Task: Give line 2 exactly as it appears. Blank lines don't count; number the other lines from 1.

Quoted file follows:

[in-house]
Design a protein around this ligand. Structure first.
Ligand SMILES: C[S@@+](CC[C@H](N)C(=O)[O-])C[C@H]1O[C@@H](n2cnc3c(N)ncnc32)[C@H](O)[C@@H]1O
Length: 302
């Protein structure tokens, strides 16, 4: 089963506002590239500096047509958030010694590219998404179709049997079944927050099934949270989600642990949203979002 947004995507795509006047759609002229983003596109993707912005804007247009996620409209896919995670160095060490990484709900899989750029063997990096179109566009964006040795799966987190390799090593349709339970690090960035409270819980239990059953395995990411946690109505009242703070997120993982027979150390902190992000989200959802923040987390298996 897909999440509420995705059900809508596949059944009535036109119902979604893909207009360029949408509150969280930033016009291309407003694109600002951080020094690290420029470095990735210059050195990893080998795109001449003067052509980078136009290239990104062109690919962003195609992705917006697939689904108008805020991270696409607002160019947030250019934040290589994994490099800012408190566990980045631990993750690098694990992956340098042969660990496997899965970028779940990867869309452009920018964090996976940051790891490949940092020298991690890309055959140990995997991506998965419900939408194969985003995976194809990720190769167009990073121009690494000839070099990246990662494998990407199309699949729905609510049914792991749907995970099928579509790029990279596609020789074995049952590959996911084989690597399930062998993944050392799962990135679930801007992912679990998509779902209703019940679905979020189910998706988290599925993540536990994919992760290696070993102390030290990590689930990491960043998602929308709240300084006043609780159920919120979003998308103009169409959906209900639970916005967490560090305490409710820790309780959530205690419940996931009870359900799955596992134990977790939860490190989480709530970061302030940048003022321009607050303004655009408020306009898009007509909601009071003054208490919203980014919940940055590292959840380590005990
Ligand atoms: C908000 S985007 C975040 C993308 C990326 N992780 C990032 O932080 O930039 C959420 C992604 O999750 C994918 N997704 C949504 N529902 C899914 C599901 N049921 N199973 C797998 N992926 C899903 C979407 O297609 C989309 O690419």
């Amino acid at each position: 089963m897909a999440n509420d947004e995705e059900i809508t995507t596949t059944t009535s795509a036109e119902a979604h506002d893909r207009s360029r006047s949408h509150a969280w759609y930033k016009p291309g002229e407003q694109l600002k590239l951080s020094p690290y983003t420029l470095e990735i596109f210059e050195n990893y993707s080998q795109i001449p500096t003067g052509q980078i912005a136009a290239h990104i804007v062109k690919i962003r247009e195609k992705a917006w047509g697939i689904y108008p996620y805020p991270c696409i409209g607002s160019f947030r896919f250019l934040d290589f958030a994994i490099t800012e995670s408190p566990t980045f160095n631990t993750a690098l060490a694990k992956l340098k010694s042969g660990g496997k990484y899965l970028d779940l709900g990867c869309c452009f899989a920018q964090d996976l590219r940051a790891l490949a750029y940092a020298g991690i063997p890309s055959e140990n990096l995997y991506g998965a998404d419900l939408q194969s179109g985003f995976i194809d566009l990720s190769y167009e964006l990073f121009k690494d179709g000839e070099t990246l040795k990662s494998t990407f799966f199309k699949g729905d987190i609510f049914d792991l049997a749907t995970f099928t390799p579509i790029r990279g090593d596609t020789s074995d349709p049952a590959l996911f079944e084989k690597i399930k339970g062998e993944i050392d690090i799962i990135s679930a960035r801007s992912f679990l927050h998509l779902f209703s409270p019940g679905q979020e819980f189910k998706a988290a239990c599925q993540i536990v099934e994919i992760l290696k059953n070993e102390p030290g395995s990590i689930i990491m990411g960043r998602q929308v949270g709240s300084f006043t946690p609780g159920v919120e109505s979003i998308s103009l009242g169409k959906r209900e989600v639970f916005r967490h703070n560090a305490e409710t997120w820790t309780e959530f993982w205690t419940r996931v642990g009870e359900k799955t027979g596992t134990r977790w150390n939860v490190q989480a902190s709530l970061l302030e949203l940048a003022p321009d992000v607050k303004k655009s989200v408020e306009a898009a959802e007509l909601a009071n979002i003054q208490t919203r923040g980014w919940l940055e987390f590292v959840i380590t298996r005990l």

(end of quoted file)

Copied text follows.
Design a protein around this ligand. Structure first.